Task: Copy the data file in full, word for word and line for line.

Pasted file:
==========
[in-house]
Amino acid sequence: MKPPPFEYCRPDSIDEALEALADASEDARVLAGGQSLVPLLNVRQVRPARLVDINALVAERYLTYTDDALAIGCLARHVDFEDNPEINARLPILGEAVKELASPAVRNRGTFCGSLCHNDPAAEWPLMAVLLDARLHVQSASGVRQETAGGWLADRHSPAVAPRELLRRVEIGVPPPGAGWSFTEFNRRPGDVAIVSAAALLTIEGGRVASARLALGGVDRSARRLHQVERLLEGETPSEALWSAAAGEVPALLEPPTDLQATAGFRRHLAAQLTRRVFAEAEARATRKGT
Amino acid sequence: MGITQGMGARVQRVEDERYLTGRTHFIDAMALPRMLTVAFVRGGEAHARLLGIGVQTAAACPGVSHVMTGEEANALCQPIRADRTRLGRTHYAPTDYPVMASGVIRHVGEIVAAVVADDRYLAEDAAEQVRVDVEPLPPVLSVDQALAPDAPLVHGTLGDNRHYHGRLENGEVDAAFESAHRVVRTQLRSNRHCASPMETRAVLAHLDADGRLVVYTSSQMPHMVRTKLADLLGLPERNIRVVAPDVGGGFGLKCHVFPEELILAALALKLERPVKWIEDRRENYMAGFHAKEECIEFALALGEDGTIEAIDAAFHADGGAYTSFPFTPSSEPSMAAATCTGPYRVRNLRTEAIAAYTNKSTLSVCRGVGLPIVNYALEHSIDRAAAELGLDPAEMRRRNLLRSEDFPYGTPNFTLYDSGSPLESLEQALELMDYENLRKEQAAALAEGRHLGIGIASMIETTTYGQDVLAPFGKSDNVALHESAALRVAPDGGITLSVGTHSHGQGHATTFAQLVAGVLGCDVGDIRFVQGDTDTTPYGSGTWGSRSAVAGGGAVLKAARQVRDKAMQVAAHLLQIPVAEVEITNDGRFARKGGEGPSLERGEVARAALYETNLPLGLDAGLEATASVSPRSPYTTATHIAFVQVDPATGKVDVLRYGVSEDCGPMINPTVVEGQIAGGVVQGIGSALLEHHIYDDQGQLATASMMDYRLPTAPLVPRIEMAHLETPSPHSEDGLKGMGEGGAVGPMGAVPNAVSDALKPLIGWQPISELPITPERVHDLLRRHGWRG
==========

[in-house]
Amino acid sequence: MKPPPFEYCRPDSIDEALEALADASEDARVLAGGQSLVPLLNVRQVRPARLVDINALVAERYLTYTDDALAIGCLARHVDFEDNPEINARLPILGEAVKELASPAVRNRGTFCGSLCHNDPAAEWPLMAVLLDARLHVQSASGVRQETAGGWLADRHSPAVAPRELLRRVEIGVPPPGAGWSFTEFNRRPGDVAIVSAAALLTIEGGRVASARLALGGVDRSARRLHQVERLLEGETPSEALWSAAAGEVPALLEPPTDLQATAGFRRHLAAQLTRRVFAEAEARATRKGT
Amino acid sequence: MGITQGMGARVQRVEDERYLTGRTHFIDAMALPRMLTVAFVRGGEAHARLLGIGVQTAAACPGVSHVMTGEEANALCQPIRADRTRLGRTHYAPTDYPVMASGVIRHVGEIVAAVVADDRYLAEDAAEQVRVDVEPLPPVLSVDQALAPDAPLVHGTLGDNRHYHGRLENGEVDAAFESAHRVVRTQLRSNRHCASPMETRAVLAHLDADGRLVVYTSSQMPHMVRTKLADLLGLPERNIRVVAPDVGGGFGLKCHVFPEELILAALALKLERPVKWIEDRRENYMAGFHAKEECIEFALALGEDGTIEAIDAAFHADGGAYTSFPFTPSSEPSMAAATCTGPYRVRNLRTEAIAAYTNKSTLSVCRGVGLPIVNYALEHSIDRAAAELGLDPAEMRRRNLLRSEDFPYGTPNFTLYDSGSPLESLEQALELMDYENLRKEQAAALAEGRHLGIGIASMIETTTYGQDVLAPFGKSDNVALHESAALRVAPDGGITLSVGTHSHGQGHATTFAQLVAGVLGCDVGDIRFVQGDTDTTPYGSGTWGSRSAVAGGGAVLKAARQVRDKAMQVAAHLLQIPVAEVEITNDGRFARKGGEGPSLERGEVARAALYETNLPLGLDAGLEATASVSPRSPYTTATHIAFVQVDPATGKVDVLRYGVSEDCGPMINPTVVEGQIAGGVVQGIGSALLEHHIYDDQGQLATASMMDYRLPTAPLVPRIEMAHLETPSPHSEDGLKGMGEGGAVGPMGAVPNAVSDALKPLIGWQPISELPITPERVHDLLRRHGWRG